TRAIN LIKE A THAI WHERE IT ALL BEGAN
For some nak muays, training in Thailand is a rite of passage. Perhaps it’s the sense of ancient wonder and beauty that many associate with the country. Maybe some feel that time spent kicking down rubber trees on Thai soil imbues them with mighty power of some kind. Maybe they just really dig pad thai.
Whatever the reasons, every nak muay seems to either want to do it, or they’re on their third trip. Westerners crusading eastward for a month or two a pilgrimage many nak muay make in their lifetime, especially now as professionally-run training camps are becoming more and more commonplace. It is, as many martial artists can attest to, a truly altering experience.
That being said, it’s a pretty daunting thing to go and stay in another country for that long and train with top-level fighters. That’s why today we’re going to go over the essential things you need to know about training in Thailand.
We need to talk about the boring stuff first: preparation. What clothes to bring, what gear you need, and so on. It’s important that you pack your training clothes, be it Muay Thai shorts or whatever – but even more importantly you need to make sure your regular wardrobe is up for the task. Thailand, especially in the summer, is a really hot, humid place. You’ll need light, thin clothes, preferably tank tops and shorts. There’s a fine line you walk in Thailand between staying cool and staying dry, as heavy rain is common, so a raincoat or water-proof poncho wouldn’t hurt, either.
When talking about gear, you obviously want a couple sets of gloves, hand wraps and shorts, but also freezer bags, anti-bacterial wipes and a dehumidifier. Why? Well warm, dark and moist locations are the ideal breeding ground for bacteria, and nobody wants a staph infection. Use one pair of gloves for a week, then wipe them thoroughly inside and out with the wipes, put them in freezer bags to keep them safe, and then chuck them in the freezer (if available). What bacteria isn’t killed by the wipes will either die or be forced dormant by the cold.
As for the dehumidifier – it’s not a must, but some people find that they struggle to breath in atmosphere more humid than what they’re used to. If you’re one of those people, one of these handy gadgets will help you sleep of a night.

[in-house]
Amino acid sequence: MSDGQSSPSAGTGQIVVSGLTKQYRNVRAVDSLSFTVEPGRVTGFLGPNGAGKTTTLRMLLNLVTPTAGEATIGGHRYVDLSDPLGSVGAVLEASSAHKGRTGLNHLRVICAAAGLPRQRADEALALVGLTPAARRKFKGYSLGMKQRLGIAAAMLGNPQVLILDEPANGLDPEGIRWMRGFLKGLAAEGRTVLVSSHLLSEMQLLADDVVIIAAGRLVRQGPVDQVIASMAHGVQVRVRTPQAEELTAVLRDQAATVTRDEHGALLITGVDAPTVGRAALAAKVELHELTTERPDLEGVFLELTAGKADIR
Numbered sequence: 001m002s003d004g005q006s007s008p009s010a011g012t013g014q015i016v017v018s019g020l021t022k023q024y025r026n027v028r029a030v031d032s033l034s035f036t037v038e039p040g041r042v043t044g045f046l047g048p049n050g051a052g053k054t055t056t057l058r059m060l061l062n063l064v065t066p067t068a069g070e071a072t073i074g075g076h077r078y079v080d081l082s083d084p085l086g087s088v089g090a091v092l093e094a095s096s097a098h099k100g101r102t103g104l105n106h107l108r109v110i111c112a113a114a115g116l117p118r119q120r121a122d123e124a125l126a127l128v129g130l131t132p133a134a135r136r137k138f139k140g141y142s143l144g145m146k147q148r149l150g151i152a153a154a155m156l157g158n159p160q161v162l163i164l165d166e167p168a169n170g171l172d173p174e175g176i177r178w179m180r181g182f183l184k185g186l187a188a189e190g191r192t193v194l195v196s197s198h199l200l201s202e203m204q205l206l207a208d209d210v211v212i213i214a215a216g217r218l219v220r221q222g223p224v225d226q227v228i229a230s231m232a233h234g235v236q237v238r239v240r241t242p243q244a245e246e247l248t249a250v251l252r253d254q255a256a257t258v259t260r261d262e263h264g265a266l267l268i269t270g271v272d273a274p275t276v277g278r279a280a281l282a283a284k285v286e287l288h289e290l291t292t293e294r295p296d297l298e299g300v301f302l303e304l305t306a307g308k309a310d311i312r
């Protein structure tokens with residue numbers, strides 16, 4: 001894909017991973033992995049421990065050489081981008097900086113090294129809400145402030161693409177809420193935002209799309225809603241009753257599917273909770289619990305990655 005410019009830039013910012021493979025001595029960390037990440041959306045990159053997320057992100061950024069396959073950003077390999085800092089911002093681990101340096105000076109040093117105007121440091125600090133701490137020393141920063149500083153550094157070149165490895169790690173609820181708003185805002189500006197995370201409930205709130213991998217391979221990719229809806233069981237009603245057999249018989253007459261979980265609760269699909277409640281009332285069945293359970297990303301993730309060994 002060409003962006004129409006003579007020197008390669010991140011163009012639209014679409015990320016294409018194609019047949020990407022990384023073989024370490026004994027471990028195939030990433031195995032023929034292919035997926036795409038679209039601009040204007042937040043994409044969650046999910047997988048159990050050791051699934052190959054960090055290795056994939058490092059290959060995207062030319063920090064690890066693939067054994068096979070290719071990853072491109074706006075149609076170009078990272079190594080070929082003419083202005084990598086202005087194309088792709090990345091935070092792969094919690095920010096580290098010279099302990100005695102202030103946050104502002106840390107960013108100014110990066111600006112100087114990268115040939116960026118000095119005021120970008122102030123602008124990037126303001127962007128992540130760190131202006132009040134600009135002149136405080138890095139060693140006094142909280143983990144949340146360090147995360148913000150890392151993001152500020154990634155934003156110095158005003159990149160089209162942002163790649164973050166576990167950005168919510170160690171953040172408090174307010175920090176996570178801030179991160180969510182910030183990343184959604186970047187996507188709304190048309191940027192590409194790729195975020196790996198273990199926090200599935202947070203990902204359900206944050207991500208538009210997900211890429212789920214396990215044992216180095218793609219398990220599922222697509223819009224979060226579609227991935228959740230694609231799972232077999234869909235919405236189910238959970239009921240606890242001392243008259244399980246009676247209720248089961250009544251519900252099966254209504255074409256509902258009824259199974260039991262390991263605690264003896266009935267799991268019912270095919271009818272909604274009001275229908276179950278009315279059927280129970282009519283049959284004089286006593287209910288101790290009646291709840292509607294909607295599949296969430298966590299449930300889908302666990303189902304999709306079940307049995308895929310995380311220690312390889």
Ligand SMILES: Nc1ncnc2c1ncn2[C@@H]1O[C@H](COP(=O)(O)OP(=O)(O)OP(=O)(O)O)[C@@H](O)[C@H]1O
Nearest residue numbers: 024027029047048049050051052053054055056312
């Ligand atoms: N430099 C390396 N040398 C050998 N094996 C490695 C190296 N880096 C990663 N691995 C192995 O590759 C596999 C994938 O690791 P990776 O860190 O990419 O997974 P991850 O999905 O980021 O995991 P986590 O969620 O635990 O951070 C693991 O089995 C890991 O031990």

And of course, you want powerful anti-bacterial soap. Seriously, you’re spending a month in a boiling hot gym.
Now let’s talk about training, the reason you came to Thailand in the first place. It varies from gym to gym, but generally speaking most gyms offer two training sessions a day, six days a week, with opportunity for private coaching in between those sessions. If you’re not used to training twice a day, it might not be the smartest idea to immediately shock your system and start training like a Thai. Instead, you should build to it and maybe only start training twice a day on your second week.
What you definitely should do is make the most out of your private sessions. Unless your coach back home is a Thai, or teaches a “very Thai” style, then there’s a good chance there could be certain areas in your game that are going to be lacking when compared to old-school Muay Thai. Usually this comes in the form of teeps and clinch game. These private sessions are the perfect way to really improve your skills and make you a better rounded Muay Thai fighter. I’ve yet to see a fighter go to Thailand who didn’t come back with sharper skills than before they went there. Not only is the constant training a great way to improve but surrounding yourself with better fighters who will really push you will make a noticeable change.
After training is done, what’s there to do? Everybody has different pastimes but, in my opinion, it’d be a huge mistake not to go out and see what the country has to offer. Thailand is a beautiful country with a rich history and culture beyond the fight culture that we’re familiar with. If you’re brand new to the country, you owe it to yourself to see the sites/sights, eat the food, and meet the people.
As much as we all want to be great fighters, it’s important to know when to switch off, and exploring the beautiful, natural world surrounding you is the perfect way to do it. Then you can go to sleep – happy, fulfilled, and ready to start training all over again.
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- Andrew Bryan is an actor, writer and martial artist based in the UK. He likes long walks on the beach, fighting technique, and history.